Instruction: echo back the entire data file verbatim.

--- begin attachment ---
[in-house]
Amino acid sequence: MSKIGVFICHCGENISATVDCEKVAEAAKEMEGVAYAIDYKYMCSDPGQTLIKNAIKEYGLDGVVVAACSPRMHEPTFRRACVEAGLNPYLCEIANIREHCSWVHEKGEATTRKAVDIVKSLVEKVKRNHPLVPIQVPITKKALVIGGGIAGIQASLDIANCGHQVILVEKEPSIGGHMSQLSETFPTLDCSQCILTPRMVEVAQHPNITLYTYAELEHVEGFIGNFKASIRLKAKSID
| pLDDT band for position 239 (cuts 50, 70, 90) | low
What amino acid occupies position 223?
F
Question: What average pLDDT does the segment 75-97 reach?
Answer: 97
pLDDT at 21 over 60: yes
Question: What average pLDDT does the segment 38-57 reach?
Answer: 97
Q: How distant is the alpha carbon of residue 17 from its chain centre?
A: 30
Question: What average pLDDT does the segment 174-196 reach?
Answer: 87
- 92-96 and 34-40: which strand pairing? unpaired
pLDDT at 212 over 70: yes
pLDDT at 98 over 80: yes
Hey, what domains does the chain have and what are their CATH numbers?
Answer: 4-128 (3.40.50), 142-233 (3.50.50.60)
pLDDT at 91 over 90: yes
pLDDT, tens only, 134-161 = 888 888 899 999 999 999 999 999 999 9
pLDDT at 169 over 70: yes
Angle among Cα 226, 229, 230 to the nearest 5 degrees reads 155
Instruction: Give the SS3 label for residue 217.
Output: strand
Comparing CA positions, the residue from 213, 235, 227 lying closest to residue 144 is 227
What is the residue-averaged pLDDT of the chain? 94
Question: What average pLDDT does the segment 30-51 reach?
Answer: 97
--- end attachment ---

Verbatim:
[in-house]
Amino acid sequence: MSKIGVFICHCGENISATVDCEKVAEAAKEMEGVAYAIDYKYMCSDPGQTLIKNAIKEYGLDGVVVAACSPRMHEPTFRRACVEAGLNPYLCEIANIREHCSWVHEKGEATTRKAVDIVKSLVEKVKRNHPLVPIQVPITKKALVIGGGIAGIQASLDIANCGHQVILVEKEPSIGGHMSQLSETFPTLDCSQCILTPRMVEVAQHPNITLYTYAELEHVEGFIGNFKASIRLKAKSID
| pLDDT band for position 239 (cuts 50, 70, 90) | low
What amino acid occupies position 223?
F
Question: What average pLDDT does the segment 75-97 reach?
Answer: 97
pLDDT at 21 over 60: yes
Question: What average pLDDT does the segment 38-57 reach?
Answer: 97
Q: How distant is the alpha carbon of residue 17 from its chain centre?
A: 30
Question: What average pLDDT does the segment 174-196 reach?
Answer: 87
- 92-96 and 34-40: which strand pairing? unpaired
pLDDT at 212 over 70: yes
pLDDT at 98 over 80: yes
Hey, what domains does the chain have and what are their CATH numbers?
Answer: 4-128 (3.40.50), 142-233 (3.50.50.60)
pLDDT at 91 over 90: yes
pLDDT, tens only, 134-161 = 888 888 899 999 999 999 999 999 999 9
pLDDT at 169 over 70: yes
Angle among Cα 226, 229, 230 to the nearest 5 degrees reads 155
Instruction: Give the SS3 label for residue 217.
Output: strand
Comparing CA positions, the residue from 213, 235, 227 lying closest to residue 144 is 227
What is the residue-averaged pLDDT of the chain? 94
Question: What average pLDDT does the segment 30-51 reach?
Answer: 97